Companies often spend an incommensurate amount of time chasing overdue payments, which distracts them from their core businesses and brings forth cash flow issues.
The wasted time and other challenges suffered during payment collection mainly stem from a reliance on manual billing cycles and processes, which are laborious, time-consuming, and prone to mistakes and fraud. These are the gaps that Anchor, a U.S. startup with a research and development center in Israel, is out to bridge.
Launched this year, the startup is keen on solving the problems in billing, collection and payment by automating invoicing and remittance tasks — saving businesses the precious time spent prompting clients to settle payments. The startup’s cloud-based system automates end-to-end billing and payment processes for service providers, a process that also eliminates the issue of late payments.
Anchor announced today that it is now planning to accelerate its growth by expanding its team, partnering with more clients and launching a marketing drive after landing $15 million in seed funding.
“Today marks the beginning of the next payments revolution, making existing B2B payment processes obsolete, and redefining what billing, collections and payments should look like in the modern world. It was important to us to develop a solution that fuels trust in vendor/client relationships and puts an end to invoice fraud and human errors,” said Anchor co-founder and CEO Rom Lakritz.
“By doing so, we’re allowing payments to flow autonomously between service providers and businesses, of all sizes. Within a few years, we aim for Anchor to become a foundational element and the gold standard for how businesses do business,” said Lakritz.
Anchor is a U.S. autonomous billing startup with a research and development center in Israel. Image Credits: Anchor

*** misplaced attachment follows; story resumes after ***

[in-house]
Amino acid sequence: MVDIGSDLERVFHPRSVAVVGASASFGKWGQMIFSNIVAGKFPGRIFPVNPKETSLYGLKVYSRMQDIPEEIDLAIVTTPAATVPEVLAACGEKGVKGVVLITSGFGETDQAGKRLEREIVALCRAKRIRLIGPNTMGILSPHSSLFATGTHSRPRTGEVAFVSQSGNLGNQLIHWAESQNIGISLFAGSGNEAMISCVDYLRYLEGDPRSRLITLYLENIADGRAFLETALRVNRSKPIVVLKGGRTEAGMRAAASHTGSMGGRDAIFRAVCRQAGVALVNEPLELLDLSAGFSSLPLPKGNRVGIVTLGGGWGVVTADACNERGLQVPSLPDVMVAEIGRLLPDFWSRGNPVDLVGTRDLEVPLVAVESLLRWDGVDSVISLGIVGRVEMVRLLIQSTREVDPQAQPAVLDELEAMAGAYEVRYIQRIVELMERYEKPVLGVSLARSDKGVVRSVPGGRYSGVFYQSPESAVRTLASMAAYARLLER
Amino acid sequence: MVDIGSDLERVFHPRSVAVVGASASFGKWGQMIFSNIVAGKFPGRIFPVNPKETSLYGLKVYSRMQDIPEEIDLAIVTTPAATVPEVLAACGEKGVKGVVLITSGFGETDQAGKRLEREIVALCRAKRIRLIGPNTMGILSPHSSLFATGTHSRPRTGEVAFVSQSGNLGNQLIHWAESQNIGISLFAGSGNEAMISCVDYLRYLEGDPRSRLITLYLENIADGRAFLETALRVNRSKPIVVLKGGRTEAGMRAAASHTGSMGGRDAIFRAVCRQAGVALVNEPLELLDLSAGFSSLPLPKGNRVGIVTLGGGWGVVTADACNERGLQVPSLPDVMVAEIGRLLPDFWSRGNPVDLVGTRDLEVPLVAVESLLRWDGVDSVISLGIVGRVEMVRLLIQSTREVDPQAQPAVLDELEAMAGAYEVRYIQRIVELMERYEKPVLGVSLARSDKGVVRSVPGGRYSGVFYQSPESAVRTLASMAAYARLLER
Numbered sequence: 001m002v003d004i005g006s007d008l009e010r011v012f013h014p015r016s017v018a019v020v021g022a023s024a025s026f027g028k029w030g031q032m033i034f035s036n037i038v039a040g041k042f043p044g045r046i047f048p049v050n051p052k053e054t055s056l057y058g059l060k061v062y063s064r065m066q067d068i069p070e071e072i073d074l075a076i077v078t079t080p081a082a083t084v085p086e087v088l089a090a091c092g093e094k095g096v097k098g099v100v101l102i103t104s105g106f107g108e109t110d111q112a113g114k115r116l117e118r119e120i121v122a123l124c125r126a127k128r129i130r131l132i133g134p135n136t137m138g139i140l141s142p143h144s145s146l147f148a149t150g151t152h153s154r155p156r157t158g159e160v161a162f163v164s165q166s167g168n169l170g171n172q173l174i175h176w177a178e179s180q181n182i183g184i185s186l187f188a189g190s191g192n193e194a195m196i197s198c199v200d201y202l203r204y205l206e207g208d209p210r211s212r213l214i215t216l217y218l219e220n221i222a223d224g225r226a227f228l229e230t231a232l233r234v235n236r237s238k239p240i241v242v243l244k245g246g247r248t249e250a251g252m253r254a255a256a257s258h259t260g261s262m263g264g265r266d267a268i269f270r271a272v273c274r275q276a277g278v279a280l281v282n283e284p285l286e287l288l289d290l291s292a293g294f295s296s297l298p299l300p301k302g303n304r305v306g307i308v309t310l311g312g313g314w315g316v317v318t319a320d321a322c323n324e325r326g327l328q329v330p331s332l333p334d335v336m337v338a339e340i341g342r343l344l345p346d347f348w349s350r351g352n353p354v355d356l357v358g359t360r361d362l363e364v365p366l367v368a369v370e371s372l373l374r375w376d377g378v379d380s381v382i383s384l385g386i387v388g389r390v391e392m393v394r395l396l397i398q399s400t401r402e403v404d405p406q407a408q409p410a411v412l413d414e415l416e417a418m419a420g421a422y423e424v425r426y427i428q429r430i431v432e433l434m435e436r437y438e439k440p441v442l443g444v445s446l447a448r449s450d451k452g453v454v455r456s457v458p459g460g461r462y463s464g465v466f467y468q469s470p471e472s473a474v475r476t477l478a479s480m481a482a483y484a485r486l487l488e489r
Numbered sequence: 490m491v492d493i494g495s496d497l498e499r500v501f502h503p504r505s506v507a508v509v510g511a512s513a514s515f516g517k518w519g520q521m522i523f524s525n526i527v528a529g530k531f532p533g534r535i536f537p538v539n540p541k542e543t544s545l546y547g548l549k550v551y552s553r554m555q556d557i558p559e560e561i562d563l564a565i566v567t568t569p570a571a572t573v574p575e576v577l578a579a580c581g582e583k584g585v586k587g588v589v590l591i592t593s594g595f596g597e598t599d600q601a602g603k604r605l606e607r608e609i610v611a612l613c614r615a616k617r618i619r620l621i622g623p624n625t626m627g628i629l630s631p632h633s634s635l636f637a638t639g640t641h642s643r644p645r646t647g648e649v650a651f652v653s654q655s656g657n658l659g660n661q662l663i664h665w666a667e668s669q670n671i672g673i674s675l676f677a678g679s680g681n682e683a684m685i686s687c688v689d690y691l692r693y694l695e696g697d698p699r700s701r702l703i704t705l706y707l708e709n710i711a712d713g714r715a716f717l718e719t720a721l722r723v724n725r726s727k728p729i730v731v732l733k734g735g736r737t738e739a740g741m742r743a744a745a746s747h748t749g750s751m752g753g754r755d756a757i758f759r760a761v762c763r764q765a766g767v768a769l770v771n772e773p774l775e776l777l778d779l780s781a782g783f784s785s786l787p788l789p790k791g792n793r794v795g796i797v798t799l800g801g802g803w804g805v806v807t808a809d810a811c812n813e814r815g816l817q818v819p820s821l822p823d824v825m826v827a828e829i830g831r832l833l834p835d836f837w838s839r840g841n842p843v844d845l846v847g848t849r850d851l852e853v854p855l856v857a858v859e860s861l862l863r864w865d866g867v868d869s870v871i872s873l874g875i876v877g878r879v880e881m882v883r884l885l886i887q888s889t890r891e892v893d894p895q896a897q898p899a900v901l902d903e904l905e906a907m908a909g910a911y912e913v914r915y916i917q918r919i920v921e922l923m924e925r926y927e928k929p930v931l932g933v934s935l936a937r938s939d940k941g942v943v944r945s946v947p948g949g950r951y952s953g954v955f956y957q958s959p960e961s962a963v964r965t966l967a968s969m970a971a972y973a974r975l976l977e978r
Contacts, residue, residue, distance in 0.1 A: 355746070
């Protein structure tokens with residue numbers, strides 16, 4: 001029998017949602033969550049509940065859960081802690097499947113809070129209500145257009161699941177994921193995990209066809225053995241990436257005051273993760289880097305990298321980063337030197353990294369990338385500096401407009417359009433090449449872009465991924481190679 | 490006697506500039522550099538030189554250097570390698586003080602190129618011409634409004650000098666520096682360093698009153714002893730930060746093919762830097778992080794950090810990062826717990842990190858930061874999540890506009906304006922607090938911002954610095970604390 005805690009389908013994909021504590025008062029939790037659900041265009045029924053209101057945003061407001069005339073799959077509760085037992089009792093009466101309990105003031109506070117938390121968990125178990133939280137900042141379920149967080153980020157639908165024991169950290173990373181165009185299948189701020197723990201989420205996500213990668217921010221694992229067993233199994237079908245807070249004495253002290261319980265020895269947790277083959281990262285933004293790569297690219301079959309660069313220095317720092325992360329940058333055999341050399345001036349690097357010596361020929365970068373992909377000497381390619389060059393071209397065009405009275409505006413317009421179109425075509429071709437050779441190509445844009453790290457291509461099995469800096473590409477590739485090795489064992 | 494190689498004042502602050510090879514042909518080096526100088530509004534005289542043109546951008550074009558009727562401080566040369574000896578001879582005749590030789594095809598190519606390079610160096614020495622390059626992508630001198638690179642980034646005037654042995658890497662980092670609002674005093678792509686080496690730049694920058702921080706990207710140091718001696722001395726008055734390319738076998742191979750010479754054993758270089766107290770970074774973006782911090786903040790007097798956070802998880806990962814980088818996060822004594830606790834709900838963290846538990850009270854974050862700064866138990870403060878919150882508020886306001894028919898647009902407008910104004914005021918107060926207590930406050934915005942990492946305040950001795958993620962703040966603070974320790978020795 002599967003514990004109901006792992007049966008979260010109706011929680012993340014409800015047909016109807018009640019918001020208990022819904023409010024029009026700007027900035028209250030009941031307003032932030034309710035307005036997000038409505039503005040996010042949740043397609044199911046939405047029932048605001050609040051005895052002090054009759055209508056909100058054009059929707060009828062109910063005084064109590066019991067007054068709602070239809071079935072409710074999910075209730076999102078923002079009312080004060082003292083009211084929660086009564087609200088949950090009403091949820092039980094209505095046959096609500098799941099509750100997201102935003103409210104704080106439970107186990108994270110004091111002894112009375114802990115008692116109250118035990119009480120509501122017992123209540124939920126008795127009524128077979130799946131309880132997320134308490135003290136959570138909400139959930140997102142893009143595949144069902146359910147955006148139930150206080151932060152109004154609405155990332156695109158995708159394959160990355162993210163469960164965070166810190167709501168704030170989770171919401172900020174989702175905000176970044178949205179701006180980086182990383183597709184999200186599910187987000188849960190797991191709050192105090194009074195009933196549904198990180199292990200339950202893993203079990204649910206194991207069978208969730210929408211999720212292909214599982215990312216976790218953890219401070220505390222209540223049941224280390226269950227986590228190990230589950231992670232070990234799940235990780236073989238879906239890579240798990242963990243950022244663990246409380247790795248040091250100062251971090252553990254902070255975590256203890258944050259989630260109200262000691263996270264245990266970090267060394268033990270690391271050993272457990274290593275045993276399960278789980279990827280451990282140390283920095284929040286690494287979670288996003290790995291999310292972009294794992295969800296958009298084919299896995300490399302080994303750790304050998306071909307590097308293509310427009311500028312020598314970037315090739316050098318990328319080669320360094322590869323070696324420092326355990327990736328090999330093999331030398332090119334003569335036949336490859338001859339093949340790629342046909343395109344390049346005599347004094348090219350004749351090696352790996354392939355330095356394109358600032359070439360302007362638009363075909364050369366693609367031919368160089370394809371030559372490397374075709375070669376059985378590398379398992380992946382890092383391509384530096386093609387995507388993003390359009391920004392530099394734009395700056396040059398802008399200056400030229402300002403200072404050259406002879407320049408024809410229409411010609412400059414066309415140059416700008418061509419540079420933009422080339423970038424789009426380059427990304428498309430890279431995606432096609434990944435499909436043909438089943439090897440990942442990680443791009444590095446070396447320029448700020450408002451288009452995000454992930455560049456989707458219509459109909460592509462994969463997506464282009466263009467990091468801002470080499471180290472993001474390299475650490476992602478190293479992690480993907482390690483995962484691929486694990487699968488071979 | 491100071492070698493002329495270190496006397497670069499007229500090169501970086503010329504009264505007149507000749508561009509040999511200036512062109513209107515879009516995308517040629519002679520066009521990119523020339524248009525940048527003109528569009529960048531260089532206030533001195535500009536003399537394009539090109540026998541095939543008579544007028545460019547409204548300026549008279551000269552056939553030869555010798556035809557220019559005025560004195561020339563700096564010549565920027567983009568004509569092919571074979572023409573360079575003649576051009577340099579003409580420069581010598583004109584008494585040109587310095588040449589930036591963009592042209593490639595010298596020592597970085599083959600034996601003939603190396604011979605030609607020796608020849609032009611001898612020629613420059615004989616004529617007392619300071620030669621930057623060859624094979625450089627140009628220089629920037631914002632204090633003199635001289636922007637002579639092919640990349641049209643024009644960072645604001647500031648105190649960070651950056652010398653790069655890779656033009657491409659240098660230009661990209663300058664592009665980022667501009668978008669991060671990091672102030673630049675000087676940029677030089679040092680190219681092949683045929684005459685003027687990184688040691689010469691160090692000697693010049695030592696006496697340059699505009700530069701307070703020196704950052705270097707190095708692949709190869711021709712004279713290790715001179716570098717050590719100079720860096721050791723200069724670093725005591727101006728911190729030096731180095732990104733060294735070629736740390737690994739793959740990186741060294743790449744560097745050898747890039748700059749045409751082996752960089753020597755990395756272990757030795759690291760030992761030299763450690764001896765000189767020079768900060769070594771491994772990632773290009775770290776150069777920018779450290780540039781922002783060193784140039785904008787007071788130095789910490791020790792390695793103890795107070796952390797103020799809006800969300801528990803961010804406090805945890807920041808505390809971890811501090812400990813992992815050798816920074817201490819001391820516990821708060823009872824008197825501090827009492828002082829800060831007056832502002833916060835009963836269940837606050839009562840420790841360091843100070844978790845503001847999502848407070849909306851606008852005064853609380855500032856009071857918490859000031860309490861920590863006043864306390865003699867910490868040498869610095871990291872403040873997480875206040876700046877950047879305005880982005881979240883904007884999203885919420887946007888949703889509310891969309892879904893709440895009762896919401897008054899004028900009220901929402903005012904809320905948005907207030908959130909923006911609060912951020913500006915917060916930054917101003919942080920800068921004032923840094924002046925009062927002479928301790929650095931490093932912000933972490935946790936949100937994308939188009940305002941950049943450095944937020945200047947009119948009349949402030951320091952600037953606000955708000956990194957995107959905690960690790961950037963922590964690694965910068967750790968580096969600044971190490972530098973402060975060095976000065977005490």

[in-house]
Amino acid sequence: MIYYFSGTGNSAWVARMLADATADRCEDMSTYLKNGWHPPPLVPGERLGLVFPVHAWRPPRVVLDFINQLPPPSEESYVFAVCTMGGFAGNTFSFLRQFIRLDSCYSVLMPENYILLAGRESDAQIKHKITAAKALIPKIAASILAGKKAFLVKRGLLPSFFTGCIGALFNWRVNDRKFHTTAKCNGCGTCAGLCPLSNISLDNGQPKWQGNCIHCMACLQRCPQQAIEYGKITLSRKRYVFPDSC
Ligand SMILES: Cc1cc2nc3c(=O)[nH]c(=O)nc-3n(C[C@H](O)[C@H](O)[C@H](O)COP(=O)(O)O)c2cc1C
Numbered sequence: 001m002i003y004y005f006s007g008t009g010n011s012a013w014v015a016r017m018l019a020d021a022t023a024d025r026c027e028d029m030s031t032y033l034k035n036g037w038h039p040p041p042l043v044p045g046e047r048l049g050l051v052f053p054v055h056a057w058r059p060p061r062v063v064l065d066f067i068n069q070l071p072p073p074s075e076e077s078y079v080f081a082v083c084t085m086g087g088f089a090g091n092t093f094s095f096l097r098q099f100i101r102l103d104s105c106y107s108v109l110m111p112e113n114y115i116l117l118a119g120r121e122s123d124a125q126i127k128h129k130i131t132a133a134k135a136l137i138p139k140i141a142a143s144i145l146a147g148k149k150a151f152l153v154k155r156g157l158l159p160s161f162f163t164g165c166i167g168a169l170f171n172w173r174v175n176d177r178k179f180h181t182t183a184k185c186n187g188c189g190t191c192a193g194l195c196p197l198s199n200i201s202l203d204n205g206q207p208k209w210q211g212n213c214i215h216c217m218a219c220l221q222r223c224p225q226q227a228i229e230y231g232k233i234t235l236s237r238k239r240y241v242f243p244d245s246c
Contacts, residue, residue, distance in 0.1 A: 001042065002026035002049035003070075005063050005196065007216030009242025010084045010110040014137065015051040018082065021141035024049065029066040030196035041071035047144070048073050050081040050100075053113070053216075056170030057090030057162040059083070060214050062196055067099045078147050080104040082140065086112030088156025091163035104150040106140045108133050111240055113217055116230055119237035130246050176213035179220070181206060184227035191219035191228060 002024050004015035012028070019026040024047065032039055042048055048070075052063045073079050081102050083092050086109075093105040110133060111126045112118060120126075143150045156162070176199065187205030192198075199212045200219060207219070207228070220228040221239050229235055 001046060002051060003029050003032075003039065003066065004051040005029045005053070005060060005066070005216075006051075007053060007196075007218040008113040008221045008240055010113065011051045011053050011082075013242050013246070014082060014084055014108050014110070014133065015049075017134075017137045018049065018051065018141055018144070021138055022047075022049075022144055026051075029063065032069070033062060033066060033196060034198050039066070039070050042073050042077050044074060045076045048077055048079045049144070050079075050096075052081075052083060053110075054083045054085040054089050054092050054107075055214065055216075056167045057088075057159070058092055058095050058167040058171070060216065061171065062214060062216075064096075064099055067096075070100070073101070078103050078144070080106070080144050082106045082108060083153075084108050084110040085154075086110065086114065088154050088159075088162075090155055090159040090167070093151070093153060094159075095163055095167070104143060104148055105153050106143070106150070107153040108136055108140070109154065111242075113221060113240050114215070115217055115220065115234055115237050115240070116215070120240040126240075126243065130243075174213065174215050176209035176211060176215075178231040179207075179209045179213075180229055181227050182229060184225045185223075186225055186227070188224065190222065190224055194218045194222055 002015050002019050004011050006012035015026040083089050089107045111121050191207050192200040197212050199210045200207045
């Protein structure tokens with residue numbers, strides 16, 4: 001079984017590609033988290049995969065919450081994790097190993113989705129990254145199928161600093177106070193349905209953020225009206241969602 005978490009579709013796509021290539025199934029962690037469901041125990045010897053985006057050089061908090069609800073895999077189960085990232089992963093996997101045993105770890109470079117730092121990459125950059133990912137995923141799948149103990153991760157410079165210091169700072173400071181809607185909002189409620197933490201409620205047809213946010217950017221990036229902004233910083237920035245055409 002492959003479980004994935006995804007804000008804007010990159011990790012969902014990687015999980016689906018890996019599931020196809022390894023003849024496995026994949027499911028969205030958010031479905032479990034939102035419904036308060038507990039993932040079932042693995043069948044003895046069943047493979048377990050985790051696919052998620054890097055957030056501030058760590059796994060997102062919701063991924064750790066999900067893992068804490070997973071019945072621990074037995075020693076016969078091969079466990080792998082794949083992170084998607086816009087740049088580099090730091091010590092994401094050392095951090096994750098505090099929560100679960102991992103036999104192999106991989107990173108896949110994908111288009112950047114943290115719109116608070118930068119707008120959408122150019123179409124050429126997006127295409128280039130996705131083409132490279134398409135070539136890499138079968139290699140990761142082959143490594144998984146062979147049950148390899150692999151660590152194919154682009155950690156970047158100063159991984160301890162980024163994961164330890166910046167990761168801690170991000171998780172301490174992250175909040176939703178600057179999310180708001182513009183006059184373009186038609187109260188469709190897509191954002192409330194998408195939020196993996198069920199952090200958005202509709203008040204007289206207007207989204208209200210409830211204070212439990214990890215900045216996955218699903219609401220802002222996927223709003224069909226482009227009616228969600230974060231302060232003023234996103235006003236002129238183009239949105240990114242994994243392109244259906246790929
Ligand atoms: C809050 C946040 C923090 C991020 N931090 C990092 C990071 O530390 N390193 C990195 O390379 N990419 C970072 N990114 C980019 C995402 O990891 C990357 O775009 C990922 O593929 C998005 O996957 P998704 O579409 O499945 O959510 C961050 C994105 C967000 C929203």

The funding round was co-led by Rapyd Ventures, the new venture capital arm of Rapyd; Entrée Capital, a venture capital firm that has invested in multiple companies including Monday.com and Riskified; and Tal Ventures, an Israel-based VC with a portfolio of more than 30 companies, including Rapyd.
“We knew immediately that Anchor was a company in which we wanted to invest,” Rapyd CEO Arik Shtilman said. “It has its finger on the pulse of the future of payments and has built a modern framework for B2B payments and billing, poised to become necessary for every business.”
Anchor’s platform connects businesses and their clients through a “live online agreement” while its self-executing end-to-end billing and payments solution covers vendor and client agreements while managing the invoicing, payment and reconciliation steps.
The startup’s system enables it to integrate with the client’s payment information and with the service provider’s technologies, such that once the service is delivered, or when the bill is due, invoices are automatically populated and sent as per the contracts.
“The B2B payments space is highly fragmented due to each vertical requiring some level of specialization,” said Avi Eyal, co-founder and managing partner of Entrée Capital.
“Anchor has found such a unique opportunity and we believe it will go on to become a key player in the industry through the deployment of its solutions to thousands of service-oriented businesses,” said Eyal.
Cash flow problems are the greatest impediments to growth, especially for small and medium-sized enterprises the world over. However, late payment is the main reason why these small businesses — which are the backbone of most economies — face cash flow challenges. In the U.S., small businesses account for 44% of economic activity.
A survey by Melio and YouGov shows that most businesses in the U.S. experience late payments, with 25% of the companies interviewed stating that they are forced to wait up to 30 days past the payment due date — making it hard for them to keep their businesses open.
But these challenges can be eliminated using technology.
“The challenges of billing and collections, which make paying a vendor a hefty process, stem from the human element,” he said.
“If people could trust the invoices, they receive from service providers just like they trust machine-generated invoices from their Spotify and Amazon accounts, billing and payments would no longer be a painful process, and cash would easily flow in a market estimated at over $120 trillion annually.”